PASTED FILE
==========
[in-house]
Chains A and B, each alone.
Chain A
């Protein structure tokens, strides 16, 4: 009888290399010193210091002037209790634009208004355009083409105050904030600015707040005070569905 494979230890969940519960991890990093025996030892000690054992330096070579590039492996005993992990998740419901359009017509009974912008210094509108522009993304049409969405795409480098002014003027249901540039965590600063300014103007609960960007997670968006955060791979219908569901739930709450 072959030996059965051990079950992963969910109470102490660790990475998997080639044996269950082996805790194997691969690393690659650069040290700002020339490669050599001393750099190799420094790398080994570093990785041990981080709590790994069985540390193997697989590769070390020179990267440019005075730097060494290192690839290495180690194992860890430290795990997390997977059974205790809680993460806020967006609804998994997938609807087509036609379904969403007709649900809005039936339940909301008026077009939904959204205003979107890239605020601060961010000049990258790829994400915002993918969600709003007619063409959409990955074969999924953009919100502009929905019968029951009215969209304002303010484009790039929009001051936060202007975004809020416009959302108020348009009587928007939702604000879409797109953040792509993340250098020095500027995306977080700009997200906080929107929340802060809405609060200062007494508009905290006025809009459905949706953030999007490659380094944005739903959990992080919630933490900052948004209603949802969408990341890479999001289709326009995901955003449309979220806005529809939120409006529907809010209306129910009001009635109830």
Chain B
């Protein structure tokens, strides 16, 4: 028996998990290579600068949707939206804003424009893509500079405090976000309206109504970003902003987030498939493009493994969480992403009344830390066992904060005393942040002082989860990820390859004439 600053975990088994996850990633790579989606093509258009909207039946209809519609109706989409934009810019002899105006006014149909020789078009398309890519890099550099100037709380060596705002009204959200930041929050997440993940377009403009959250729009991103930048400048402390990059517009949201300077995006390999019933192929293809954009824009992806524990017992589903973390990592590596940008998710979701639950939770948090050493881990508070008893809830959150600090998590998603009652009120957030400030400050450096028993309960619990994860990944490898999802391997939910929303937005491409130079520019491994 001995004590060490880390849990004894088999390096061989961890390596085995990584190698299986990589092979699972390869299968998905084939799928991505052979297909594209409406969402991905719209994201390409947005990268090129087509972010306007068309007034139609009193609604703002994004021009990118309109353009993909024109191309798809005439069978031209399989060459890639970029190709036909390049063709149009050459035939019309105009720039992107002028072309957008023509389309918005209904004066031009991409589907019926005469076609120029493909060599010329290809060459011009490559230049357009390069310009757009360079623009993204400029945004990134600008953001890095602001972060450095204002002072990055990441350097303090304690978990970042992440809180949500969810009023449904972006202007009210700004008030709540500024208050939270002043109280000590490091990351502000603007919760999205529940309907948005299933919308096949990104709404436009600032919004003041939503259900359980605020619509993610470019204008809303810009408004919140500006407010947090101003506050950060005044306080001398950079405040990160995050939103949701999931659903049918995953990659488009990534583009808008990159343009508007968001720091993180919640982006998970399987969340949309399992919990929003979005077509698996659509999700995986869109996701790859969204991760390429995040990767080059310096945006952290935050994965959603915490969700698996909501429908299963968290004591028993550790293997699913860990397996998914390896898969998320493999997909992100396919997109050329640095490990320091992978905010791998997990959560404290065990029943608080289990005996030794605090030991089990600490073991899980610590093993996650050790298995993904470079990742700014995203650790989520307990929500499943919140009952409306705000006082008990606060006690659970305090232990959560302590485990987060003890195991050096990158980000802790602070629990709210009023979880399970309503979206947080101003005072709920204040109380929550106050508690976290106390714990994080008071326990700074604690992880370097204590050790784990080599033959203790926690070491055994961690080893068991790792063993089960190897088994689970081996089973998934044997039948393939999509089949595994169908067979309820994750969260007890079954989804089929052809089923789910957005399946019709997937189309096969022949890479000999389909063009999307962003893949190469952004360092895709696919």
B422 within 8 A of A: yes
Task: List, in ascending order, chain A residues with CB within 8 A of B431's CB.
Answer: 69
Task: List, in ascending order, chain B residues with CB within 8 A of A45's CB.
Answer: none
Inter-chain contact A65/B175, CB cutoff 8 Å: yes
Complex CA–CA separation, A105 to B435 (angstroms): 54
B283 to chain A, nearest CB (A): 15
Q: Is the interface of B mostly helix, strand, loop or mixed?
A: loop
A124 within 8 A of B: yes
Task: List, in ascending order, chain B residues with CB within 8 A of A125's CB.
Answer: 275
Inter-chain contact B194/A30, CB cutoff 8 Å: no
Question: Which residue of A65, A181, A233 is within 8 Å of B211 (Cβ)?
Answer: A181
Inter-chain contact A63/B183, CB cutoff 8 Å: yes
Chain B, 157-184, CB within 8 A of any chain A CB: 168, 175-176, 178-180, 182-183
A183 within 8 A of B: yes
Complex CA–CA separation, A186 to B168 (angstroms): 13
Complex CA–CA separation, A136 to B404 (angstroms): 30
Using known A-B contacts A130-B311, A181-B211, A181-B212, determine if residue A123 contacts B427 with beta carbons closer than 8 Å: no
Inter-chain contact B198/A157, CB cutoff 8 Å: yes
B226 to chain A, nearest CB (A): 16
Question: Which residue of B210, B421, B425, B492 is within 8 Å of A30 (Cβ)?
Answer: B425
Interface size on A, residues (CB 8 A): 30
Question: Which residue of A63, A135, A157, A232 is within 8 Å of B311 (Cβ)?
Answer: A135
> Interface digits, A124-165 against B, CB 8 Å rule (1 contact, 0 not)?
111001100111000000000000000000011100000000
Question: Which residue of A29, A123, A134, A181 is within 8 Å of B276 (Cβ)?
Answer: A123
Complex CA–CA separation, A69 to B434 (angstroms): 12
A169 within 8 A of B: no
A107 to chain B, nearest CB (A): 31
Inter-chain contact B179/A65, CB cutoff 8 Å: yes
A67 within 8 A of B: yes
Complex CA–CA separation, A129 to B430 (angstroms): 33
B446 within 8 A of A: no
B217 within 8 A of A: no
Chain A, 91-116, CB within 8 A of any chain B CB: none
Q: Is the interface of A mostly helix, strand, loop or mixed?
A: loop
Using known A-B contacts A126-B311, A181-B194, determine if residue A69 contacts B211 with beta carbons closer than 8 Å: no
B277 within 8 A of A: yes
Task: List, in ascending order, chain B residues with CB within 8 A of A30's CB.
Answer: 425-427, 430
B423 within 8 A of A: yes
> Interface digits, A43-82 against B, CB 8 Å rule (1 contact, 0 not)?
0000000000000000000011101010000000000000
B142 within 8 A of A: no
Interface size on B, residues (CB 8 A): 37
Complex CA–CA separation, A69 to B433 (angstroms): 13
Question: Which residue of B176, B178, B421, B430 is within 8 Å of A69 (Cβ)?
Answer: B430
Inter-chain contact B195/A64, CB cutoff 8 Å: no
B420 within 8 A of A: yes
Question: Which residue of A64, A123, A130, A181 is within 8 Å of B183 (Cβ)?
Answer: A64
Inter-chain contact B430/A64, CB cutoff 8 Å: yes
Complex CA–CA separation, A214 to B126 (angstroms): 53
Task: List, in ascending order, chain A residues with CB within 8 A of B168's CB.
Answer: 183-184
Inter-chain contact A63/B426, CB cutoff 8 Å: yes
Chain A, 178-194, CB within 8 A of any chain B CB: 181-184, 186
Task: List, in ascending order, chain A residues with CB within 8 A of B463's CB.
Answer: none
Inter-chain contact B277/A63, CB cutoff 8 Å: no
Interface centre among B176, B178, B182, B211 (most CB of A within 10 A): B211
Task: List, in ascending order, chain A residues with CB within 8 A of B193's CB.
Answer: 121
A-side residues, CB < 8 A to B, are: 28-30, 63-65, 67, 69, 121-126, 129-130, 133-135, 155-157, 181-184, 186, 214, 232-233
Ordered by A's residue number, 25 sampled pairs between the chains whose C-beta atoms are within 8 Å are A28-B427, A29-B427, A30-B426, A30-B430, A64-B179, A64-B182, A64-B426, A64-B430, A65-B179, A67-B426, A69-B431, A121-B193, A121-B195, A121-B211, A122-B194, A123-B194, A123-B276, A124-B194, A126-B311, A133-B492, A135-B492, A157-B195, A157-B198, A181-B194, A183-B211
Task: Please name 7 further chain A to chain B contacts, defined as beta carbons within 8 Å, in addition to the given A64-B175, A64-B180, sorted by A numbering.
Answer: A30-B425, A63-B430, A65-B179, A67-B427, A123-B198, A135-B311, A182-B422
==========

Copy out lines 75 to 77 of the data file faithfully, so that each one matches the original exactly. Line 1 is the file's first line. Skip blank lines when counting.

Inter-chain contact B277/A63, CB cutoff 8 Å: no
Interface centre among B176, B178, B182, B211 (most CB of A within 10 A): B211
Task: List, in ascending order, chain A residues with CB within 8 A of B193's CB.